In the case of the Sinfonia Espansiva it seems that Nielsen elevated the tempo marking of the first movement to become the title of the symphony. Storgårds revels in Nielsen’s characteristic Nordic sound-world with warm and colourful textures emerging. In the disarmingly unhurried second movement Andante pastoral, bass-baritone Mark Stone and soprano Gillian Keith in the two wordless vocal parts create a magical effect. Proceedings are ramped up in the optimistic Finale which is even more memorable. It's fresh and reinvigorating with a sense of striding out on a mountain walk in a breathtaking landscape. This movement could easily have come out of Richard Strauss’s Alpine Symphony. Storgårds advances the music to a determinedly stirring and forceful conclusion.
Awesome in its impact is Nielsen’s heavyweight Fourth Symphony. From the mid-ninetieth century Nielsen’s native Demark had adopted a position of neutrality maintaining its non-aggressive stance during the First World War. That said, Nielsen was not immune to the horrors of a World War that was raging close to Denmark’s borders. Despite the scepticism Storgårds expressed in an interview it is hard to see the Fourth Symphony as anything other than a ‘War’ Symphony. At its heart is the manifesto of the life-force — indomitable and inextinguishable. It’s much admired with a recent BBC Radio 3 trail going as far as describing it as “life affirming”. Bold and incisive as ever Storgårds launches things with ferocious energy. This is a performance of structural integrity and thrilling playing. The crucial elements of dynamic flow and continual movement are compellingly conveyed. My highlight is the emotional intensity created in the slow third movement with the searing strings accompanied by pulsating timpani strokes. In the Finale the amount of energy and drama generated is remarkable especially the powerful E major ending. Impressively the two sets of timpani provide a brutally combative effect. Storgårds’ triumphant reading is a quite overwhelming experience.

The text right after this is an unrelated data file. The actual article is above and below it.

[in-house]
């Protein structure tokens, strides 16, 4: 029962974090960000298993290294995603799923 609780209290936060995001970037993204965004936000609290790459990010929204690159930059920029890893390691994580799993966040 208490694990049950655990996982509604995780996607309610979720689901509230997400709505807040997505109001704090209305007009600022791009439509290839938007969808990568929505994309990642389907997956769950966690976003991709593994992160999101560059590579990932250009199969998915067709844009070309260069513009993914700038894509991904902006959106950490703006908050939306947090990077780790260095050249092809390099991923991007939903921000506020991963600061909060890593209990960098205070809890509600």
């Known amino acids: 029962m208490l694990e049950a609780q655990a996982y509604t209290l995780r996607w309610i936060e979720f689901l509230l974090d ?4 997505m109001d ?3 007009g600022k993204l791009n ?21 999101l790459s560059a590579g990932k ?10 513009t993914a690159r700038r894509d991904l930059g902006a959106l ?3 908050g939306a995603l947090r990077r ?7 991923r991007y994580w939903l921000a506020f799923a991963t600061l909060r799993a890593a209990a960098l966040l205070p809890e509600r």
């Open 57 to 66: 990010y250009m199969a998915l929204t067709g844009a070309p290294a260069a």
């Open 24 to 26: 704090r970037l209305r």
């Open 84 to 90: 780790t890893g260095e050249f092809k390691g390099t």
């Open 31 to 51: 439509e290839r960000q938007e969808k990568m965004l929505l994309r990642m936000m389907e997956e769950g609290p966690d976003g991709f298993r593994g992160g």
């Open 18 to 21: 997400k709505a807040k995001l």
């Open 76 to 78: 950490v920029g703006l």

Written two decades later than The Four Temperaments Nielsen’s Fifth Symphony is an admirable work deserving of much more concert hall exposure. Cast in two parts this is strikingly evocative music of contrasting moods, an approach so typical of Nielsen. In a recent interview Storgårds felt that this work was more of a ‘War’ Symphony than The Inextinguishable but I see a philosophical theme of ‘life’s struggle’ at its core. With such razor-sharp shifts of tempi and dynamic one senses the conductor digging deep, concentrating on revealing vivid colours and extremes of mood such as good and evil, life and death, chaos and order. It is this sense of struggle that Storgårds and his BBC Philharmonic personify so unfailingly. In the first section the martial character is immediately evident from the four percussionists - markedly from the strident snare-drum and timpani stokes. The lushly sonorous and dramatic passage on the strings accompanied by the horns is remarkable. The brisk passage for two clarinets reminds me of seabird sounds which can be encountered first-hand as it were in Finnish composer Rautavaara's Cantus Arcticus with its taped bird-calls. The snare-drum and timpani add to the thrust as the music swells in power and volume. This produces a cacophony of sound, almost demented in its rage. As the volume begins to lessen the klezmer-like solo clarinet and distant drum are heard as everything else fades. The vehement character of the second section grips instantly with vociferous orchestral playing from the BBC Philharmonic. Noticeably the writing communicates a more positive quality. The music is boldly determined but quickly turns demonic with numerous ostinato patterns. As the timpani strokes advance relentlessly the orchestral heft and dissonance of the writing becomes almost unbearable. Credit here to the glowing string section for demonstrating its prowess so magnificently. Nothing seems resolved as the swell to the final climax feels like a fusion of jubilance and dark menace. Despite the numerous changes in key, tempi and dynamic and a few close shaves Storgårds and his players find the energy and commitment to sustain momentum throughout.